Coming out of seemingly nowhere to contend for a No. 1 seed after a 29-2 regular season, the Flyers became the darling of the college basketball globe. After pundits wondered how Zion Williamson’s vacancy would hurt the sport’s casual interest, Obi Toppin came in and set the court on fire by winning player of the year with jaw-dropping dunk after jaw-dropping dunk.
His supporting cast was a lot of fun as well. Including Toppin, four Flyers made at least 30 3-pointers at a clip of 36 percent or better, which set the table for tremendous inside-out play. Guard Jalen Crutcher, most notably, averaged 15.1 points and 4.9 assists per game and was one of the nation’s top perimeter threats.
4) 2017 UCLA
If you like flashy and efficient offense, go watch some 2017 UCLA Bruin highlights.
Lead guard Lonzo Ball packed several memorable moments into his one-year college career, including a game-sealing 3-pointer to down No. 5 Oregon. Ball thrived in the wide-open UCLA offense, distributing 7.6 assists per game to a talented core of scorers.
Elsewhere, Bryce Alford was a knockdown perimeter shooter, TJ Leaf had a stellar stretch-4 repertoire, and Thomas Welsh was probably the best mid-range scoring center in college basketball.
As a team, the Bruins were second nationally in offensive efficiency, first in effective field goal percentage, 10th in turnover rate, and third in both 2-point percentage and 3-point percentage.
3) 2013 Florida Gulf Coast
Long live “Dunk City.” Brett Comer’s alley-oop in transition to Chase Fieler to seal a 2-vs.-15 upset over Georgetown is one of the defining March Madness moments of this century. What’s special about this group is that it wasn’t a one-hit wonder. FGCU followed up its Georgetown upset by handling San Diego State with ease and then led No. 2 seed Florida by double digits in the Sweet 16 before running out of steam.
As far as the roster makeup, FGCU checks several boxes. Comer finished second nationally in assist rate in 2014, Fieler could jump out of the gym and also step outside for a 3-pointer and Sherwood Brown had an excellent offensive repertoire from the wing position.
2) 2015 Kentucky
This is as NBA as a college basketball roster gets. The ’14-15 Kentucky Wildcats rolled out a massive lineup that some believed could have competed 5-on-5 with the NBA’s worst teams that season. The height measurements of the starting lineup were the following: 6-6, 6-6, 6-10, 6-11 and 7-0.
Even though Wisconsin caught Kentucky in the Final Four to end the Wildcats’ run at a perfect season, this group is still widely regarded as one of the best college basketball teams ever.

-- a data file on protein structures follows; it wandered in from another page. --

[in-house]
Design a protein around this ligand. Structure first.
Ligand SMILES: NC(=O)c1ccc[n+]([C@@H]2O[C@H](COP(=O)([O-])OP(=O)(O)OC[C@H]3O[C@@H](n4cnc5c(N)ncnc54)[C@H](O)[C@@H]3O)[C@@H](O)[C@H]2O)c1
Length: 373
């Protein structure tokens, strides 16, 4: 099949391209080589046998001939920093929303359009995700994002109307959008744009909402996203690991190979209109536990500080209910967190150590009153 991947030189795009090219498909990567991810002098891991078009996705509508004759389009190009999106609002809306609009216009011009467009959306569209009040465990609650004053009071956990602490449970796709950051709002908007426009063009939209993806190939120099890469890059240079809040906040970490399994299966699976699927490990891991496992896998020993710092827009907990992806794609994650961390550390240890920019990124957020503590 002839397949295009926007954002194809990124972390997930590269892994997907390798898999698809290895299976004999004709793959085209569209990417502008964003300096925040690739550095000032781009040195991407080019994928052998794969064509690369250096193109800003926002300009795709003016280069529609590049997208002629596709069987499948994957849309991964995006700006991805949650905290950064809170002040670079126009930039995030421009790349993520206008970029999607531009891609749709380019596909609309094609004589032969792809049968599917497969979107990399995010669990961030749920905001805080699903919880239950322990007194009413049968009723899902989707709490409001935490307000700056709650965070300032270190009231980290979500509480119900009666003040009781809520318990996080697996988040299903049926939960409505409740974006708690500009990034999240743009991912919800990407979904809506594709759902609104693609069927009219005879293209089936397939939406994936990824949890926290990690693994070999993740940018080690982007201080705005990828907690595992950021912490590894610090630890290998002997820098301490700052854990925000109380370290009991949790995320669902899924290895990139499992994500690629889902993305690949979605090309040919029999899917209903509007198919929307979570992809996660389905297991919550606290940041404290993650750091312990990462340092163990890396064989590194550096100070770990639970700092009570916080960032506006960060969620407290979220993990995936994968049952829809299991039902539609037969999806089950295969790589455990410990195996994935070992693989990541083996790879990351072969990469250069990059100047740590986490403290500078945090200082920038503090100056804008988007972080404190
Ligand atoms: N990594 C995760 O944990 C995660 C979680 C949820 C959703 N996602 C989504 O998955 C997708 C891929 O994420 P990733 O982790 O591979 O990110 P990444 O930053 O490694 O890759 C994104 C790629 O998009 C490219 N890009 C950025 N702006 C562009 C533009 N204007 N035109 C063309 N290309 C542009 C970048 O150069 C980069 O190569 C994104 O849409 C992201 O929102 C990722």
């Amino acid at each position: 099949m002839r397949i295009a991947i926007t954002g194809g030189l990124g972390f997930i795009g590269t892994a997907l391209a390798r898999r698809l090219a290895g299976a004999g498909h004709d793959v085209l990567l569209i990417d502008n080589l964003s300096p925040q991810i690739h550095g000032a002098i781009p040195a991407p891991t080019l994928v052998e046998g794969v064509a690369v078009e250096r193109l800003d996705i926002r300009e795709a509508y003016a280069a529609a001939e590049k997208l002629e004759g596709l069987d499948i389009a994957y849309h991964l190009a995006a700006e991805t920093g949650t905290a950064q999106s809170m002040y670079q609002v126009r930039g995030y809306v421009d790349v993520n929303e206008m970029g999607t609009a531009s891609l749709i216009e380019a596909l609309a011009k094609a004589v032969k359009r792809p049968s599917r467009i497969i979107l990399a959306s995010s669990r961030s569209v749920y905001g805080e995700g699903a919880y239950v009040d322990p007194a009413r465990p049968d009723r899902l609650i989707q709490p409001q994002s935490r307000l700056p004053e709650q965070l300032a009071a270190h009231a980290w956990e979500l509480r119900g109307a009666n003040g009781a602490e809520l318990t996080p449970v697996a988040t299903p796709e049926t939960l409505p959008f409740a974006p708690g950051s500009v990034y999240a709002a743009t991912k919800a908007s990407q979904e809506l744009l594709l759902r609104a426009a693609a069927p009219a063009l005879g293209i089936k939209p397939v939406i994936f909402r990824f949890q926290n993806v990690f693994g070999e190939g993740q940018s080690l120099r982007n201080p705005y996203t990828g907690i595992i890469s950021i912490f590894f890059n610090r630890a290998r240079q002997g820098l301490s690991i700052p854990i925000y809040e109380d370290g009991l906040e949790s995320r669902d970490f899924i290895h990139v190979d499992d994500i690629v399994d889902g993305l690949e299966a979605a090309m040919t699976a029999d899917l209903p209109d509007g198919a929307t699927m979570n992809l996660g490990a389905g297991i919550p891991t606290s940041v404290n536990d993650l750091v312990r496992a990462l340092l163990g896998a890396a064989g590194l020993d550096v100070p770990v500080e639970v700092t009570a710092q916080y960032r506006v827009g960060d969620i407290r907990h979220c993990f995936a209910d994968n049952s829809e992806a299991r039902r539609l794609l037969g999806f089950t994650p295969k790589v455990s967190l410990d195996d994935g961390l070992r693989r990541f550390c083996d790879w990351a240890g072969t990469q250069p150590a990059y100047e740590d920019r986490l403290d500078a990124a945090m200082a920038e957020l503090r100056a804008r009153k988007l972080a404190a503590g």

The Harrison brothers weren’t flashy but always delivered in clutch spots, and the front end of the rotation had an embarrassment of riches in three lottery picks in Trey Lyles, Karl-Anthony Towns and Willie Cauley-Stein. These three simply had zero business playing at the college level because they were already built for the NBA.
The one fact that stands out about this team’s depth? Devin Booker didn’t start a single game during the ’14-15 season and was a lottery pick at No. 13 overall in the draft. Booker is now considered one of the NBA’s best shooting guards and is averaging 22.3 points per game in his pro career.
1) 2019 Duke
There’s a reason why the ’18-19 Duke Blue Devils averaged higher TV viewership than most national NBA broadcasts. You can say it was only because of Zion Williamson (he obviously had a massive impact), but this was an exciting team all around.
RJ Barrett, which some already forget, was the nation’s top-ranked freshman recruit when he stepped on Duke’s campus and was an All-American-level sidekick to Williamson, nearly averaging a 23/8/5 slash line.
As for the defensive side, there were plenty of formidable shot blockers on this squad. Four Blue Devils in total averaged at least a block per game, including Marques Bolden and Javin DeLaurier, both of whom ranked in the top 75 nationally in block rate.
Eli Boettger is a college basketball writer and founder of HeatCheckCBB.com. He has previously worked for Sporting News, DAZN and USA TODAY SMG.
Boettger’s content has been featured by Bleacher Report, NBC Sports, FiveThirtyEight, Yahoo Sports, Athletic Director University, Washington Post, Illinois Law Review and Notre Dame Law Review, among other publications. Boettger is also a current USBWA member and Rockin’ 25 voter.